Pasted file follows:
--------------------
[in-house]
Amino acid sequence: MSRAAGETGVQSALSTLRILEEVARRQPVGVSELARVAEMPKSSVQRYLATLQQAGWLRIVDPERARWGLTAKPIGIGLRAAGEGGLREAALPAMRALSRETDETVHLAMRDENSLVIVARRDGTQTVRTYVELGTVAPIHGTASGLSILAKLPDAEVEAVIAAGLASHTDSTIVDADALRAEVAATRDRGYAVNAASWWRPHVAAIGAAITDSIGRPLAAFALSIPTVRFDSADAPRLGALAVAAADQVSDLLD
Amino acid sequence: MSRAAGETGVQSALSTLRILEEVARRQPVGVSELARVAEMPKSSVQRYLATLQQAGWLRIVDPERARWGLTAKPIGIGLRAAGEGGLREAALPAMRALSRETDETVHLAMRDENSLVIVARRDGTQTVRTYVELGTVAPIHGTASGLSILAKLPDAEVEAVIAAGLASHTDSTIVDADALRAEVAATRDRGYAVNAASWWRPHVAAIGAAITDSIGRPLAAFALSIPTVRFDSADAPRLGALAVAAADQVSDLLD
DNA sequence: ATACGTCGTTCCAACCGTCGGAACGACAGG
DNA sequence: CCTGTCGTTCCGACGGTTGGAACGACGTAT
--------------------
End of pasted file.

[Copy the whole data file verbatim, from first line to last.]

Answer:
[in-house]
Amino acid sequence: MSRAAGETGVQSALSTLRILEEVARRQPVGVSELARVAEMPKSSVQRYLATLQQAGWLRIVDPERARWGLTAKPIGIGLRAAGEGGLREAALPAMRALSRETDETVHLAMRDENSLVIVARRDGTQTVRTYVELGTVAPIHGTASGLSILAKLPDAEVEAVIAAGLASHTDSTIVDADALRAEVAATRDRGYAVNAASWWRPHVAAIGAAITDSIGRPLAAFALSIPTVRFDSADAPRLGALAVAAADQVSDLLD
Amino acid sequence: MSRAAGETGVQSALSTLRILEEVARRQPVGVSELARVAEMPKSSVQRYLATLQQAGWLRIVDPERARWGLTAKPIGIGLRAAGEGGLREAALPAMRALSRETDETVHLAMRDENSLVIVARRDGTQTVRTYVELGTVAPIHGTASGLSILAKLPDAEVEAVIAAGLASHTDSTIVDADALRAEVAATRDRGYAVNAASWWRPHVAAIGAAITDSIGRPLAAFALSIPTVRFDSADAPRLGALAVAAADQVSDLLD
DNA sequence: ATACGTCGTTCCAACCGTCGGAACGACAGG
DNA sequence: CCTGTCGTTCCGACGGTTGGAACGACGTAT